ICICLE has organized workgroups around nine distinct SIGs on relevant topics, from curricula for graduate programs and competencies for learning engineers to learning more about artificial intelligence… from design for learning (our learning science group) to examining virtual, mixed, and X-realities… with specific standards and specifications investigated in three of the groups.

Among its stated goals, ICICLE will provide learning engineers with examples of relevant standards so they may understand them and learn how to implement them. It will also hold the IEEE/ICICLE 2019 International Conference on Learning Engineering, now scheduled for May 20-23, 2019, located on the George Mason University-Arlington campus. A proceedings, to be published in December, 2019 will include both conference papers and a white paper introduction to the field of learning engineering. [Check the link above, for program and registration details.]

It's of significant benefit to the discipline of learning engineering that every future event, gathering, or initiative relevant to LE will always relate to the message about "professionalism" behind Herb Simon's original call for learning engineers.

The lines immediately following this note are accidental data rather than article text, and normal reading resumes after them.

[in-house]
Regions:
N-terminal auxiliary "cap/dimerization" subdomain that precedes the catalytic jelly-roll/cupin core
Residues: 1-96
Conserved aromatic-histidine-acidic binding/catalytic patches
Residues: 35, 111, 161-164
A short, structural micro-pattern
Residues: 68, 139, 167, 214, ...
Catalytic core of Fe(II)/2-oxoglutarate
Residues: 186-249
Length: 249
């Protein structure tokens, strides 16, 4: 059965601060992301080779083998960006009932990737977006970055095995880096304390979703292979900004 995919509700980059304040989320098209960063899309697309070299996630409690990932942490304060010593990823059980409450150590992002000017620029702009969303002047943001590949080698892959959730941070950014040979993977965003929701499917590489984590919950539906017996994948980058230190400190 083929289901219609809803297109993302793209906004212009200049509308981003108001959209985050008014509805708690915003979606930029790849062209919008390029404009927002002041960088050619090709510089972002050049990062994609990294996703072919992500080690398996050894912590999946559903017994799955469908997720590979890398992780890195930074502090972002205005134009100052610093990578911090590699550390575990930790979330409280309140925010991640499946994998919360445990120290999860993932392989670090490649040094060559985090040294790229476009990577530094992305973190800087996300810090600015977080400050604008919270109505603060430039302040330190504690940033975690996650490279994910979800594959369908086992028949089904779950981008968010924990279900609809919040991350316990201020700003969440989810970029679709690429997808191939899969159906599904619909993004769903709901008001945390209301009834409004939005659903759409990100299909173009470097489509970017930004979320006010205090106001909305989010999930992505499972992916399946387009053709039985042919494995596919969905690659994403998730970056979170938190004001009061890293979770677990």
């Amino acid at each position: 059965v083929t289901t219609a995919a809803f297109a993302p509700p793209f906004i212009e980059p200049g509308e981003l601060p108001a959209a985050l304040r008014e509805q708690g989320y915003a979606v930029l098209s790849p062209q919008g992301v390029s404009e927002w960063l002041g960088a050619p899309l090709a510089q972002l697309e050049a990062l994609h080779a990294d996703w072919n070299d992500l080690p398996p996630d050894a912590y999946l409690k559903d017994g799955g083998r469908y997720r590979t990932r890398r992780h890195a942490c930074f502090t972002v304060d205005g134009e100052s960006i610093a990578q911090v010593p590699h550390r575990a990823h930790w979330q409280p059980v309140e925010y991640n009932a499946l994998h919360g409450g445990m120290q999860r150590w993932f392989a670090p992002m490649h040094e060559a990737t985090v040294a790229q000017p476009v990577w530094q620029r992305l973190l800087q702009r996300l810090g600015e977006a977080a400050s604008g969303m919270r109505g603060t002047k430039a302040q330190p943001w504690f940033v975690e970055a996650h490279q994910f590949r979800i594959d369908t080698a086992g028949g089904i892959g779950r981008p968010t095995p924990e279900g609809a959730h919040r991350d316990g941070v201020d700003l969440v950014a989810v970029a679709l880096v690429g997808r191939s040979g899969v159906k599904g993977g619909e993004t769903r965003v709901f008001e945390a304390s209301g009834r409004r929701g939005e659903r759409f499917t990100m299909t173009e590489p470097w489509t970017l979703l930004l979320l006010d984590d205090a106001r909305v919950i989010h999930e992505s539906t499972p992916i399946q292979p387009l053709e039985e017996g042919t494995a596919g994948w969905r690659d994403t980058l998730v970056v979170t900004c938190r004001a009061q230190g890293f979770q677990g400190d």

I believe that ICICLE will continue to be a strong home for learning engineering, long after the conclusion of the 2-year ICICLE initiative. Besides ICICLE, of course there have been other collaborative activities surrounding the topic of learning engineering, such as the DevLearn Learning Engineering Summit hosted by the eLearning Guild in October, 2018, and the Learning Engineering Café hosted at OEB this past December. I anticipate and hope such gatherings will continue to spark additional conversation and ongoing collaborations.

It's of significant benefit to the discipline of learning engineering that every future event, gathering, or initiative relevant to LE will always relate to the message about "professionalism" behind Herb Simon's original call for learning engineers. This incredible foundation puts LE directly in the spotlight as an essential new strategy that brings a growing sense of this professionalism to the operation and management of colleges and universities and the development of education. And for that, there is plenty of room for all of us to begin to engage in active conversation and explorations about learning engineering.